For the three months ended December 31, 2018, 41.5% of our net operating income for properties owned was derived from the metropolitan Atlanta area, 18.5% was derived from the metropolitan Charlotte area, and 18.1% was derived from the metropolitan Austin area. Any adverse economic conditions impacting Atlanta, Charlotte, or Austin could adversely affect our overall results of operations and financial condition.
Uninsured losses and condemnation costs. Accidents, earthquakes, terrorism incidents, and other losses at our properties could adversely affect our operating results. Casualties may occur that significantly damage an operating property, and insurance

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proceeds may be less than the total loss incurred by us. Although we, or our joint venture partners where applicable, maintain casualty insurance under policies we believe to be adequate and appropriate, including rent loss insurance on operating properties, some types of losses, such as those related to the termination of longer-term leases and other contracts, generally are not insured. Certain types of insurance may not be available or may be available on terms that could result in large uninsured losses, and insurers may not pay a claim as required under a policy. Property ownership also involves potential liability to third parties for such matters as personal injuries occurring on the property. Such losses may not be fully insured. In addition to uninsured losses, various government authorities may condemn all or parts of operating properties. Such condemnations could adversely affect the viability of such projects.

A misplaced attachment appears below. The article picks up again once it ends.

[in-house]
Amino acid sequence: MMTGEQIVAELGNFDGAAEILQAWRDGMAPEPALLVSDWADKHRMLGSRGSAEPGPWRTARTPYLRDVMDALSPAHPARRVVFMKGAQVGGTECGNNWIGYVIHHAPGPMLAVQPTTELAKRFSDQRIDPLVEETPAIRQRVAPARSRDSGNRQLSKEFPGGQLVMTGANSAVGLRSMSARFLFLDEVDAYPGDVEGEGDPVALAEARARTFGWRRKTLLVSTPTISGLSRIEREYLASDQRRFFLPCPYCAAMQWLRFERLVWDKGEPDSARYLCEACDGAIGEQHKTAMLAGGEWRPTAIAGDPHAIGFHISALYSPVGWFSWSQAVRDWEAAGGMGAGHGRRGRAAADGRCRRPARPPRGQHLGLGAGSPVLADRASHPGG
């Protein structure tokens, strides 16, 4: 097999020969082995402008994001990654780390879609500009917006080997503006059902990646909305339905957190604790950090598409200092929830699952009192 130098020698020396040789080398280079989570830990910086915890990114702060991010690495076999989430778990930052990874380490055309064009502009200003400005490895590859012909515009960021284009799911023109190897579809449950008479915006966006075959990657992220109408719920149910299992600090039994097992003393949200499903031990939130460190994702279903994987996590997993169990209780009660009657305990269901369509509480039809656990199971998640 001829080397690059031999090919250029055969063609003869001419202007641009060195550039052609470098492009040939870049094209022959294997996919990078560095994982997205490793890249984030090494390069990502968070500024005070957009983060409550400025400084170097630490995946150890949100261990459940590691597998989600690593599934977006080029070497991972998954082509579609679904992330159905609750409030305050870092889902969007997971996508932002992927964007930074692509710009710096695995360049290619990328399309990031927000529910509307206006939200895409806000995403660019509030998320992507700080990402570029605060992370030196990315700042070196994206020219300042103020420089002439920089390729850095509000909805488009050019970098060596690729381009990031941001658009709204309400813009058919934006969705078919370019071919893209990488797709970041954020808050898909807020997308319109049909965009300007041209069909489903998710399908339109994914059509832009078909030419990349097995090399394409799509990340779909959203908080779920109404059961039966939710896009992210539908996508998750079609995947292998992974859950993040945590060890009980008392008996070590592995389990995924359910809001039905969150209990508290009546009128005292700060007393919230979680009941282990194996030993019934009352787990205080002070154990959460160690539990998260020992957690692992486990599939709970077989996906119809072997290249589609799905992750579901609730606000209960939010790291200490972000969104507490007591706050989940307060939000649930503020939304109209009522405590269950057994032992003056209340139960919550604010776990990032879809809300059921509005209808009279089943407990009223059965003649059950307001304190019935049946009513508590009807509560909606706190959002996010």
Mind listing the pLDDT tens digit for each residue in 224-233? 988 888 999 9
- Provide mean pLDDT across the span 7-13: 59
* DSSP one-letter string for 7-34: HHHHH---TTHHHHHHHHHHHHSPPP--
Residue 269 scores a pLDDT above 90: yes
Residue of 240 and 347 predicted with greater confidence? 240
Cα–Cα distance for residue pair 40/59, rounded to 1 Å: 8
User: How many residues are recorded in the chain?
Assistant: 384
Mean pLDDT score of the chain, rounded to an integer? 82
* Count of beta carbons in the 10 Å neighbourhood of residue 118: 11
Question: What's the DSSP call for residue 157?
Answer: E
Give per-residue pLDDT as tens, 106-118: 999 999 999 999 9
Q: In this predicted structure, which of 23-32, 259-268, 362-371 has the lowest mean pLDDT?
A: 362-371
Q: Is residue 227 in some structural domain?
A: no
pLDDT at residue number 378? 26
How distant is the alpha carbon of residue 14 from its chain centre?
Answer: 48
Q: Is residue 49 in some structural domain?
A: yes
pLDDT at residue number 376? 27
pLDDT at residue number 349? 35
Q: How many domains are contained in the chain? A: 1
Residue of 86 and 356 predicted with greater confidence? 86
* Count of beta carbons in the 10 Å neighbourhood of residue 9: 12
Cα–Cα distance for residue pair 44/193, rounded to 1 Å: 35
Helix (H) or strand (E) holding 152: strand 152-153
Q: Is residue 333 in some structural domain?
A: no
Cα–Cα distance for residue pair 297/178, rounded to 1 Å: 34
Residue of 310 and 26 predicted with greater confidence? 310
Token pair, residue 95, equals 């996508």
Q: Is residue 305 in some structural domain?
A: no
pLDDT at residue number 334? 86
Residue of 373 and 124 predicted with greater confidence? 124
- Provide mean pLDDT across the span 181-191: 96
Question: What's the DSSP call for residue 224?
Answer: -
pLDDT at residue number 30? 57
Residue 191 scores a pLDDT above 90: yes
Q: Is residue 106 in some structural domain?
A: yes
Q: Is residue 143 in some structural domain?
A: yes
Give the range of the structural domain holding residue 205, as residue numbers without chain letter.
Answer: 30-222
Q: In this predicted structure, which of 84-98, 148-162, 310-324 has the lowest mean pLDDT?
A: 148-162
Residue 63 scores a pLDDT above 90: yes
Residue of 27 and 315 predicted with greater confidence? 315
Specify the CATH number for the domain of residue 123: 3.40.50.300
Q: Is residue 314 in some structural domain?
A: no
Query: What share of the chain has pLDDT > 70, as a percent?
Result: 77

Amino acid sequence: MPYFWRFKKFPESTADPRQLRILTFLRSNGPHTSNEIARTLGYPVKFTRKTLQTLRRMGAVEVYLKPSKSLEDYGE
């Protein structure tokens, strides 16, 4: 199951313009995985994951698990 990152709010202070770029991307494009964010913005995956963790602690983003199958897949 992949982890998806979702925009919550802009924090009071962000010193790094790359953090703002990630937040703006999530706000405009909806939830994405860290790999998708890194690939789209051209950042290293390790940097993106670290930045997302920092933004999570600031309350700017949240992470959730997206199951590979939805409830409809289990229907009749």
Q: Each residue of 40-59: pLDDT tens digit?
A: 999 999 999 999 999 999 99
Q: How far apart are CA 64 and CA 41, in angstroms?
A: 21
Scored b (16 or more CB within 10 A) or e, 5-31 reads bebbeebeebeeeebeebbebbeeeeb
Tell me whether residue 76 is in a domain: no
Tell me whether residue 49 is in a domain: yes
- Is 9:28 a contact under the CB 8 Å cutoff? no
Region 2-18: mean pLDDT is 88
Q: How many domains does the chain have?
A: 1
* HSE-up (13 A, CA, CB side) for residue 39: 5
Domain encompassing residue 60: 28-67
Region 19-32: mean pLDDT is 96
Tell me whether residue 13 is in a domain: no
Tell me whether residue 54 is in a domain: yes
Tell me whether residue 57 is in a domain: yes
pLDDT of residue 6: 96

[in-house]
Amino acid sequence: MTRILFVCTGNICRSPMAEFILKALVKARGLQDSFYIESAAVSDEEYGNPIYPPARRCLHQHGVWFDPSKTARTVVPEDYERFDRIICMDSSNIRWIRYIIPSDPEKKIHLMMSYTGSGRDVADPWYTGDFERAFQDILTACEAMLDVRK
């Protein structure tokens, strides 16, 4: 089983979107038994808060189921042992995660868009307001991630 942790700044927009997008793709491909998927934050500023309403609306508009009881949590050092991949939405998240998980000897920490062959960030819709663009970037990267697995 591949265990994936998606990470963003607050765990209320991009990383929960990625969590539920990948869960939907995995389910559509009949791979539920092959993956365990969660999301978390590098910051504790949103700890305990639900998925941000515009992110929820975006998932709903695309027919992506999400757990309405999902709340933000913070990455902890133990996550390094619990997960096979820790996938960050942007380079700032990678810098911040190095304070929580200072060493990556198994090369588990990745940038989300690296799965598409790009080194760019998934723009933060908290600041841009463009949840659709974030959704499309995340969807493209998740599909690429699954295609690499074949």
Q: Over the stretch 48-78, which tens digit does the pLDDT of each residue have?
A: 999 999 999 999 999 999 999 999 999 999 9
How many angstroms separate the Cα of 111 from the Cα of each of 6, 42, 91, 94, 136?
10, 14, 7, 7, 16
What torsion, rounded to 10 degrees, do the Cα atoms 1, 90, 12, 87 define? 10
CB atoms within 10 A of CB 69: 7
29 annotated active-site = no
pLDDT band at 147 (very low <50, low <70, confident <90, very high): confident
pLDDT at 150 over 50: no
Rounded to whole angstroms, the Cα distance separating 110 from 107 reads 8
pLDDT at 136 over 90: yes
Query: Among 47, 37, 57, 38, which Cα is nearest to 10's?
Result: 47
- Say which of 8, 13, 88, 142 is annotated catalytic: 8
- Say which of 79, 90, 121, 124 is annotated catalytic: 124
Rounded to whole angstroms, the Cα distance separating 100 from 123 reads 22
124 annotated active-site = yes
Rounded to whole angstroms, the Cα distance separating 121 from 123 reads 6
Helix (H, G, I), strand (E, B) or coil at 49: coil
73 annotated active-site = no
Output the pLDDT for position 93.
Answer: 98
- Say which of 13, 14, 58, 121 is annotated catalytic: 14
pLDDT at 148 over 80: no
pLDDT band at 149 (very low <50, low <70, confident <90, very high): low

Environmental issues. Environmental issues that arise at our properties could have an adverse effect on our financial condition and results of operations. Federal, state, and local laws and regulations relating to the protection of the environment may require a current or previous owner or operator of real estate to investigate and clean up hazardous or toxic substances or petroleum product releases at a property. If determined to be liable, the owner or operator may have to pay a governmental entity or third parties for property damage and for investigation and clean-up costs incurred by such parties in connection with the contamination, or perform such investigation and clean-up itself. Although certain legal protections may be available to prospective purchasers of property, these laws typically impose clean-up responsibility and liability without regard to whether the owner or operator knew of or caused the presence of the regulated substances. Even if more than one person may have been responsible for the release of regulated substances at the property, each person covered by the environmental laws may be held responsible for all of the clean-up costs incurred. In addition, third parties may sue the owner or operator of a site for damages and costs resulting from regulated substances emanating from that site. We are not currently aware of any environmental liabilities at locations that we believe could have a material adverse effect on our business, assets, financial condition, or results of operations. Unidentified environmental liabilities could arise, however, and could have an adverse effect on our financial condition and results of operations.